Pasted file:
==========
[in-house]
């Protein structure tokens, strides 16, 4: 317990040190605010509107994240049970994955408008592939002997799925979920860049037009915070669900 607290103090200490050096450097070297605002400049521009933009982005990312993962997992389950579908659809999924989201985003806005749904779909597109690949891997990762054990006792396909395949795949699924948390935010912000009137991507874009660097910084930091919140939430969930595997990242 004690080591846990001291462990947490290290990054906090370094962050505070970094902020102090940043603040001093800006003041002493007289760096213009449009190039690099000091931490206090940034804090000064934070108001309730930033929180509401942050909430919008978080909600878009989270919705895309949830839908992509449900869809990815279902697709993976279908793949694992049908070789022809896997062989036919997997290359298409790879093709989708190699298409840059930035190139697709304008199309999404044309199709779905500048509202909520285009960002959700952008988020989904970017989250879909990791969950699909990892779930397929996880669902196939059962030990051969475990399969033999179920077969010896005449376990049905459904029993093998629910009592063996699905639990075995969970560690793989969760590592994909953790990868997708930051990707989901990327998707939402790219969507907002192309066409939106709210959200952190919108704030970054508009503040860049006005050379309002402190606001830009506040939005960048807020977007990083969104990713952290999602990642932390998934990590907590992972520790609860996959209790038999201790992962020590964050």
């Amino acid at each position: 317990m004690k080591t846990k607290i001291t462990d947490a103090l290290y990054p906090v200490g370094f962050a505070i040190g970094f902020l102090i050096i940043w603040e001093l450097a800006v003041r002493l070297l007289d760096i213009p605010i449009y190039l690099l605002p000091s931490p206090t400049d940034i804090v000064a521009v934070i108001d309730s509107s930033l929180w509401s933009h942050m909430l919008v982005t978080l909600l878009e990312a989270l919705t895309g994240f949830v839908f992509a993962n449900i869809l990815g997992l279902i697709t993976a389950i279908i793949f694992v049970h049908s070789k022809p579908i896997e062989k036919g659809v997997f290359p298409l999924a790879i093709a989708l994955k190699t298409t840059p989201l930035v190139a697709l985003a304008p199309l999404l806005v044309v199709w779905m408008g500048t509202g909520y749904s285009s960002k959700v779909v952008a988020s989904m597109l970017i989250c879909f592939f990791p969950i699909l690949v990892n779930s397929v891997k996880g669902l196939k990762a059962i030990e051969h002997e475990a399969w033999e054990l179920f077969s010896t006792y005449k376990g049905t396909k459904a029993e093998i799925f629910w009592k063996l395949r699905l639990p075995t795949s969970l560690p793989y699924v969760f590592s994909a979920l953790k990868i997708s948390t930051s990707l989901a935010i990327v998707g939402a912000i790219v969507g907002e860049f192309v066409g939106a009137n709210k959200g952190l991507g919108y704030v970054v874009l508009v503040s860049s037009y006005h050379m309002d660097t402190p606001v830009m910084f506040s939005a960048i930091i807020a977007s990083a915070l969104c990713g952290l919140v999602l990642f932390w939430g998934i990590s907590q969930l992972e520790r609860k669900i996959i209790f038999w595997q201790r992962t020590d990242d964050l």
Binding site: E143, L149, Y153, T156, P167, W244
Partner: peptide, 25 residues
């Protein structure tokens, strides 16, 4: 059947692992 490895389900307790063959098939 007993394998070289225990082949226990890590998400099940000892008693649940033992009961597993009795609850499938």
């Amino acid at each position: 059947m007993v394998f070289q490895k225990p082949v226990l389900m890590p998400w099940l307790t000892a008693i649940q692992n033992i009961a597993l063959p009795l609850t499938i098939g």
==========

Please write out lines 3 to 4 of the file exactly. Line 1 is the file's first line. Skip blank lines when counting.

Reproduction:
């Amino acid at each position: 317990m004690k080591t846990k607290i001291t462990d947490a103090l290290y990054p906090v200490g370094f962050a505070i040190g970094f902020l102090i050096i940043w603040e001093l450097a800006v003041r002493l070297l007289d760096i213009p605010i449009y190039l690099l605002p000091s931490p206090t400049d940034i804090v000064a521009v934070i108001d309730s509107s930033l929180w509401s933009h942050m909430l919008v982005t978080l909600l878009e990312a989270l919705t895309g994240f949830v839908f992509a993962n449900i869809l990815g997992l279902i697709t993976a389950i279908i793949f694992v049970h049908s070789k022809p579908i896997e062989k036919g659809v997997f290359p298409l999924a790879i093709a989708l994955k190699t298409t840059p989201l930035v190139a697709l985003a304008p199309l999404l806005v044309v199709w779905m408008g500048t509202g909520y749904s285009s960002k959700v779909v952008a988020s989904m597109l970017i989250c879909f592939f990791p969950i699909l690949v990892n779930s397929v891997k996880g669902l196939k990762a059962i030990e051969h002997e475990a399969w033999e054990l179920f077969s010896t006792y005449k376990g049905t396909k459904a029993e093998i799925f629910w009592k063996l395949r699905l639990p075995t795949s969970l560690p793989y699924v969760f590592s994909a979920l953790k990868i997708s948390t930051s990707l989901a935010i990327v998707g939402a912000i790219v969507g907002e860049f192309v066409g939106a009137n709210k959200g952190l991507g919108y704030v970054v874009l508009v503040s860049s037009y006005h050379m309002d660097t402190p606001v830009m910084f506040s939005a960048i930091i807020a977007s990083a915070l969104c990713g952290l919140v999602l990642f932390w939430g998934i990590s907590q969930l992972e520790r609860k669900i996959i209790f038999w595997q201790r992962t020590d990242d964050l």
Binding site: E143, L149, Y153, T156, P167, W244